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I'm working on a stochastic algorithm and considering it to apply in case of any curved space (manifolds). But in order to make the algorithm as efficient as possible I want to include in it some measure of global geometry. One of such a measure is second fundamental form for embedded (in $R^n$) manifolds. The first fundamental form is a measure of local geometry and therefore insufficient to run the algorithm efficiently. For example I tried using the induced Riemannian metric (metric induced by Euclidean geometry on the hypersurface), but it worked well in some cases - I assume it is because the information it contains is basically about the local behaviour of the manifold. Secod fundamental form works quite well. But I wonder if there are any other measures that would be able to grasp the global geometry of the embedding? Surely, Riemannian or Ricci curvature tensors are such measures, but their evaluation is computationally intensive. Hence, my question - what are other measures of global geometry?

EDIT

What I meant (incorrectly, as the comments below have indicated) by "measure of the global geometry" is the measure of how hypersurfaces are embedded in $R^n$, i.e. the extrinsic quantity. It was my mistake to invoke the notion of global geometry and I apologize for that.

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  • $\begingroup$ Riemannian or Ricci curvature tensors are intrinsic. They can not grasp the global geometry of the embedding neither. By the way, could you explain more about the stochastic algorithm $\endgroup$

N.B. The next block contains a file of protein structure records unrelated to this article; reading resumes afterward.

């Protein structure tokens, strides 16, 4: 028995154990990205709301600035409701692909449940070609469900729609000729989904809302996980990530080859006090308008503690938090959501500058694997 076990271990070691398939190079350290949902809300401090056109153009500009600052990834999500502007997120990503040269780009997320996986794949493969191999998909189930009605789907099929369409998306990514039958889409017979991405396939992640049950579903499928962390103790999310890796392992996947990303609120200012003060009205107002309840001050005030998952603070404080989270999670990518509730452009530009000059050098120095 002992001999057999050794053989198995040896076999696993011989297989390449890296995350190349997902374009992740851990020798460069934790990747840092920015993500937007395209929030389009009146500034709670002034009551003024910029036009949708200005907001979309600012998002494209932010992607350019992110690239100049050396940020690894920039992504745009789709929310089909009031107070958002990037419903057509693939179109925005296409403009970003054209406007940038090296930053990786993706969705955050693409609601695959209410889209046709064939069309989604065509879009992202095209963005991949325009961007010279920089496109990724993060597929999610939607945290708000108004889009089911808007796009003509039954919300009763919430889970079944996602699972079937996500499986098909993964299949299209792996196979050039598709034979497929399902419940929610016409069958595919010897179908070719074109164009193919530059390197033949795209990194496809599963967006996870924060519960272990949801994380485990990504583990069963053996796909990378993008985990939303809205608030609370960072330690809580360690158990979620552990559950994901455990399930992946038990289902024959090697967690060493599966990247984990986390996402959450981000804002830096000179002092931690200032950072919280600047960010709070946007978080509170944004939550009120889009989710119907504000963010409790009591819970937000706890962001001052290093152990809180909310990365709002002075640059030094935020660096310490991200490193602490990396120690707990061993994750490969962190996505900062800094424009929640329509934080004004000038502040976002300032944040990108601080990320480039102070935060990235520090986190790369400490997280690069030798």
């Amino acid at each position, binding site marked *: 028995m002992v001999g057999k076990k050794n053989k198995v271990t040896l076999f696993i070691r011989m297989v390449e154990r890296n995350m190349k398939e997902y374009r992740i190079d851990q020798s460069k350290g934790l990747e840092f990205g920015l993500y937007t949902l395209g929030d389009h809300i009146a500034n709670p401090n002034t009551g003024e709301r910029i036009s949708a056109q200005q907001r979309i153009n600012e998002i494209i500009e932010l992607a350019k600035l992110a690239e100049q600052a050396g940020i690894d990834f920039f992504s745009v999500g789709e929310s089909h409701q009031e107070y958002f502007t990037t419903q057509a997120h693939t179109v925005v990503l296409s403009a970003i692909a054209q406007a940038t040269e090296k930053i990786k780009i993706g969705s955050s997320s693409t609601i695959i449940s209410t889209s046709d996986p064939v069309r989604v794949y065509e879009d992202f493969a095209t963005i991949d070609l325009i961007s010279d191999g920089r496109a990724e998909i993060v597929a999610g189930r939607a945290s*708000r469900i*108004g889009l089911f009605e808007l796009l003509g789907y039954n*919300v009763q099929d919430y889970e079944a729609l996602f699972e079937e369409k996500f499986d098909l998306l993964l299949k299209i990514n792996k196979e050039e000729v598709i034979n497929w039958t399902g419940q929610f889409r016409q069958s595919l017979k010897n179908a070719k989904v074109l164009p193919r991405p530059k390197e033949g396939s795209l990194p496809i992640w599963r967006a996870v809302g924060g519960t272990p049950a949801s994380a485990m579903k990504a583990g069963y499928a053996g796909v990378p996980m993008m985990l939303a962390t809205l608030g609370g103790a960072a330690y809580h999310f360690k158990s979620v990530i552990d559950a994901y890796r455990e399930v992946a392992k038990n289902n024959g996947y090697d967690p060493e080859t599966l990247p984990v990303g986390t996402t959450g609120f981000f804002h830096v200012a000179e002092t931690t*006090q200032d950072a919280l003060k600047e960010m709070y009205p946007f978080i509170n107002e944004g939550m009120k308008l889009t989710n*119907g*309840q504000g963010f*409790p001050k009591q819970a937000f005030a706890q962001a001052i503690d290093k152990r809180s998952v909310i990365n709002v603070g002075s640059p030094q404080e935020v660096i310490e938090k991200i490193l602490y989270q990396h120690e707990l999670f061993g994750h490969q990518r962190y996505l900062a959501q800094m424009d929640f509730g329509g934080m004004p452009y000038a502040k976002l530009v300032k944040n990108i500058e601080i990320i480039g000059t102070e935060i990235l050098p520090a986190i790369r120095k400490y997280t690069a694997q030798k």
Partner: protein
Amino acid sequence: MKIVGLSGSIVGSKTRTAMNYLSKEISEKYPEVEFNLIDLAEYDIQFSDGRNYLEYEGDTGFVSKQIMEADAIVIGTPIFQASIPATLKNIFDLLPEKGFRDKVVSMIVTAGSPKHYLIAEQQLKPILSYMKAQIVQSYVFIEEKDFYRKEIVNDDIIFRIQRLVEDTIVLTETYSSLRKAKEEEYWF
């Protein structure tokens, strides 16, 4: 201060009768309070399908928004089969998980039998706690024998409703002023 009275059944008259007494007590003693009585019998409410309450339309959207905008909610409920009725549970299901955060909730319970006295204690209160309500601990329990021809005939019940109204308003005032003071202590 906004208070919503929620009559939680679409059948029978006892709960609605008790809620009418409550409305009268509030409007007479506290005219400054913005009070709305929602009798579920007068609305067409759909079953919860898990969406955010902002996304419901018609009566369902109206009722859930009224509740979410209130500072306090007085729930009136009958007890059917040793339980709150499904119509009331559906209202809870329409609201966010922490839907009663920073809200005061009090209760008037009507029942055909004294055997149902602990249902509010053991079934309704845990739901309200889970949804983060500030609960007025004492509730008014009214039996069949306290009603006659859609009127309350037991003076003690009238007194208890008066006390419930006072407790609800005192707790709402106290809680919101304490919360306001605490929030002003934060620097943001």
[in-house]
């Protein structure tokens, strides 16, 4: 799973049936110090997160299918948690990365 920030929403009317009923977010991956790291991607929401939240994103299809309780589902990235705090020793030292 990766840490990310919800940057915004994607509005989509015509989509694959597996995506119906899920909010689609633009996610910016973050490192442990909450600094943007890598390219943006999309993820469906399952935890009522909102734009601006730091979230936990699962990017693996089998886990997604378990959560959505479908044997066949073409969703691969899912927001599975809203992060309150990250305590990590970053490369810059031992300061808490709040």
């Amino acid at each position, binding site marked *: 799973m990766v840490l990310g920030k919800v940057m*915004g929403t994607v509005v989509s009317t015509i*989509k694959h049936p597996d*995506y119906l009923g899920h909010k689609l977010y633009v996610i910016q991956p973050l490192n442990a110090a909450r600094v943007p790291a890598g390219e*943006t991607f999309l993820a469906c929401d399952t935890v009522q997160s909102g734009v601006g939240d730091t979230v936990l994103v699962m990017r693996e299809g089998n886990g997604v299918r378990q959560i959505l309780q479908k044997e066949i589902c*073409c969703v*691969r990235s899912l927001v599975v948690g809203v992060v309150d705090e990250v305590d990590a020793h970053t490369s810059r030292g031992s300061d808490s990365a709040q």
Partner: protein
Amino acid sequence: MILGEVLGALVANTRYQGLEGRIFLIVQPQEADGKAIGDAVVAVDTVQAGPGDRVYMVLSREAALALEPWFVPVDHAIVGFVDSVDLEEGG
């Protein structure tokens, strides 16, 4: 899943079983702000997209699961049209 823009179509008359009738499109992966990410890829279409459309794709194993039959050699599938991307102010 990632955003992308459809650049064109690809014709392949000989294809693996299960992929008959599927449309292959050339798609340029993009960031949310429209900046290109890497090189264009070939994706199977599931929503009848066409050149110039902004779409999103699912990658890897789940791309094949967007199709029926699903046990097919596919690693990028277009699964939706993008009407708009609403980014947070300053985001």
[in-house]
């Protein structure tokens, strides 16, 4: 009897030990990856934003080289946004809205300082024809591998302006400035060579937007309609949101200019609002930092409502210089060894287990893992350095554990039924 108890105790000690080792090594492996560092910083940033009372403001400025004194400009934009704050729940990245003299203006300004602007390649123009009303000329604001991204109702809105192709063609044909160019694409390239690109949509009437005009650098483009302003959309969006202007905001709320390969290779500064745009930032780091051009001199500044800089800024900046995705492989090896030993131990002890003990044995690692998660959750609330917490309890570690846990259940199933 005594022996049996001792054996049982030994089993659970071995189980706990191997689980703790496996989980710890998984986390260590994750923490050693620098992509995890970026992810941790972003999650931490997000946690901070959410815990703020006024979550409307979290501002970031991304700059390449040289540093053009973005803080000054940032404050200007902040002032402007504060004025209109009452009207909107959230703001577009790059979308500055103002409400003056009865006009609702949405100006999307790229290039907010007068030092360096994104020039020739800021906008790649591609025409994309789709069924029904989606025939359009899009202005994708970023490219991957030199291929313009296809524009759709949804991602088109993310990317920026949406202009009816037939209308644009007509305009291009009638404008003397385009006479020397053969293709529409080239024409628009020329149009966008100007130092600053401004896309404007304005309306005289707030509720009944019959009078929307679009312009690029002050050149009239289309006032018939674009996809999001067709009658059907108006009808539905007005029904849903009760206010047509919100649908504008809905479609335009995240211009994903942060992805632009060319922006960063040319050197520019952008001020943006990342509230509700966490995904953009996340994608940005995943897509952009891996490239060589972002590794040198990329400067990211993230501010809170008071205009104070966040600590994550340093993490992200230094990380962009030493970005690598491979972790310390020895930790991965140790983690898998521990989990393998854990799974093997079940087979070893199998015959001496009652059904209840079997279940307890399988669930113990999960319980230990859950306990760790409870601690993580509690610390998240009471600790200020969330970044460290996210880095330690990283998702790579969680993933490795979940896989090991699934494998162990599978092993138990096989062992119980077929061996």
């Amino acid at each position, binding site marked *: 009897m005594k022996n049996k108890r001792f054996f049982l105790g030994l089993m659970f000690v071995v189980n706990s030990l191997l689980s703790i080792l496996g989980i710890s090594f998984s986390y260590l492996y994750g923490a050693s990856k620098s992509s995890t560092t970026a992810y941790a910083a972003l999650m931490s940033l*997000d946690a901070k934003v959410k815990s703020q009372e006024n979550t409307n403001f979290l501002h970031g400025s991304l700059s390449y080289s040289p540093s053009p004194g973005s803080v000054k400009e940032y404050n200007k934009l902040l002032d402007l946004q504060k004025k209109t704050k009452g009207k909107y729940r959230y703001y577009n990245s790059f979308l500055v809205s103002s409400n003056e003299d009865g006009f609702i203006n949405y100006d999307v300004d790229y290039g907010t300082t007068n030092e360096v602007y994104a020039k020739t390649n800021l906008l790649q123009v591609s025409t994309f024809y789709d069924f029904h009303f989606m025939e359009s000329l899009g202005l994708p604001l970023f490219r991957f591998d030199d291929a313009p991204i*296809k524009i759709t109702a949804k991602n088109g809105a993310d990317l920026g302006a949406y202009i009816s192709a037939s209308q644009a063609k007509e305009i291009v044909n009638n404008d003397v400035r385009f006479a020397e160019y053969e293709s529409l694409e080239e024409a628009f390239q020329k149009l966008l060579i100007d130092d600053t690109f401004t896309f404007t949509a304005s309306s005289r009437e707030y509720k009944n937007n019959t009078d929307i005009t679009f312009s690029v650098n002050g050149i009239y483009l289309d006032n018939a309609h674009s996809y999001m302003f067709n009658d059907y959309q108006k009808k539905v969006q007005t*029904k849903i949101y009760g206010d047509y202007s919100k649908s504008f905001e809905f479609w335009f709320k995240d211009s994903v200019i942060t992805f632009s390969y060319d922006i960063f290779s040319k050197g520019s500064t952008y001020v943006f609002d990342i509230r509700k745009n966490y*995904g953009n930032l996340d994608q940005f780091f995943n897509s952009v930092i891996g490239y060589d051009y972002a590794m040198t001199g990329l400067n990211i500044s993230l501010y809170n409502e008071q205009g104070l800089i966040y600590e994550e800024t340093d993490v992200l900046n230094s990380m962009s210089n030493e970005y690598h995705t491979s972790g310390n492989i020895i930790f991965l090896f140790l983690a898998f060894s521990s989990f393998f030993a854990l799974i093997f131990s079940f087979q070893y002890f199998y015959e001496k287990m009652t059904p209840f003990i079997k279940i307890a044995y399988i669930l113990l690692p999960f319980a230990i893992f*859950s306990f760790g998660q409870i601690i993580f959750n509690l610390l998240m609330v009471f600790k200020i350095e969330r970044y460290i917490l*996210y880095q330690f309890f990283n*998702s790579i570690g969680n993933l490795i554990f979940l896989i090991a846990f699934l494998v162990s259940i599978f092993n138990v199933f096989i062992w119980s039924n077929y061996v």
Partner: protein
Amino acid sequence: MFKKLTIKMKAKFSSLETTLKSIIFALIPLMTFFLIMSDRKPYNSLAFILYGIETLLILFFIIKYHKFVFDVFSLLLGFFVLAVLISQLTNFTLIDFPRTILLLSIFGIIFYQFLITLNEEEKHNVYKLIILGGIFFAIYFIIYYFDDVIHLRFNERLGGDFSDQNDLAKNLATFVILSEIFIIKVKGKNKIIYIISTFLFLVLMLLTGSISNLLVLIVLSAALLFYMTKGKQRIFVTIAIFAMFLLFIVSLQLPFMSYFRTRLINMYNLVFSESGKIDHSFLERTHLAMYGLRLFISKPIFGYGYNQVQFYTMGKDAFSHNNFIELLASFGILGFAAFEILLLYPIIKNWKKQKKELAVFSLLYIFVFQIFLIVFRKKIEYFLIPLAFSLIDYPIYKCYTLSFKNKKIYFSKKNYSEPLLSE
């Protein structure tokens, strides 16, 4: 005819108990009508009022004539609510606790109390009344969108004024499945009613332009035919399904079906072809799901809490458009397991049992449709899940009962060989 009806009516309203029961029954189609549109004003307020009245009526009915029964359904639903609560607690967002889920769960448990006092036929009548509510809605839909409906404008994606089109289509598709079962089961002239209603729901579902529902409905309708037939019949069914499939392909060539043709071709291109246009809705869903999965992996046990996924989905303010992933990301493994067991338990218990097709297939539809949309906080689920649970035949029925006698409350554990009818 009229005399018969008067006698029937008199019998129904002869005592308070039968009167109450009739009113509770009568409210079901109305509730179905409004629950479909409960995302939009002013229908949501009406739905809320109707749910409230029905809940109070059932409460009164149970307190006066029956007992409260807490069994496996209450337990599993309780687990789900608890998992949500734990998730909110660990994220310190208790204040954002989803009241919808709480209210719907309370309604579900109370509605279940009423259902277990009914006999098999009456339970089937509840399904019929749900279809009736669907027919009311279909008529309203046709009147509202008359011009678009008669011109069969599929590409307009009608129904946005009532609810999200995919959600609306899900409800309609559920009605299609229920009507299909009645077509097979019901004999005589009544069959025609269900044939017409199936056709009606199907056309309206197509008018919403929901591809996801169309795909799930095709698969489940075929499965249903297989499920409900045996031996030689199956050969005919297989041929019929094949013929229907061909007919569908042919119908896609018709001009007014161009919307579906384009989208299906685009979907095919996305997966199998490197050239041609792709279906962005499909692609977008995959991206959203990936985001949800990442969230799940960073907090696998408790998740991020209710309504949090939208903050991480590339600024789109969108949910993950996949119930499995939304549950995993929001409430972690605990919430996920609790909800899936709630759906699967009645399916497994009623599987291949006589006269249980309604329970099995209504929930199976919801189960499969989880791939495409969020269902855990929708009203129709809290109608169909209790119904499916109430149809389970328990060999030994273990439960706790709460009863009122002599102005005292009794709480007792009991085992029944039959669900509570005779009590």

– shu
    Mar 14 '15 at 10:21
  • $\begingroup$ Nothing so far you've mentioned is a measure of "global geometry" The second fundamental form is a measure of the "local geometry of the embedding." It's not totally clear what you're asking, but e.g. the Willmore functional could be relevant if you're interested in surfaces: en.wikipedia.org/wiki/Willmore_energy $\endgroup$ Mar 14 '15 at 17:19
  • $\begingroup$ @OtisChodosh Yes, you are absolutely right. In a hurry, I wrongly invoked the "global geometry" notion. All that I meant is the extrinsic quantities/measures, i.e. how the hypersurface is embedded into $R^n$. I'll look into the Willmore energy functional $\endgroup$
    – Tomas
    Mar 14 '15 at 18:16
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If I understand correctly, you're interested in measuring the "extrinsic geometry" of the embedding. In some sense, the first and second fundamental forms are exactly what you need to know to understand this:

From a theoretical viewpoint, if you know the first and second fundamental forms, then you know everything that you need to know about the local structure of the embedding. For example, any intrinsic curvature, e.g. the Riemannian curvature tensor is derived from the induced metric (first fundamental form) and its derivatives. The rest of the data is encoded in the second fundamental form and its derivatives.

As you might know, there are some compatibility conditions between the first/second fundamental forms (and their derivatives), the Gauss and Codazzi equations (see wikipedia, or your favorite Riemannian geometry book). It turns out that these conditions are also sufficient for $(g,k)$ to be the first and second fundamental form of some embedding into $\mathbb{R}^n$. Moreover, this embedding is unique up to isometries of $\mathbb{R}^n$. See Robert Bryant's answer here, for example.

So, what this says is that the first and second fundamental form's (and their derivatives) tell you everything about the local structure of the extrinsic (and also intrinsic) geometry.

Of course, this may not be very useful for you in practice, but its not clear from your question what exactly you're looking for!f

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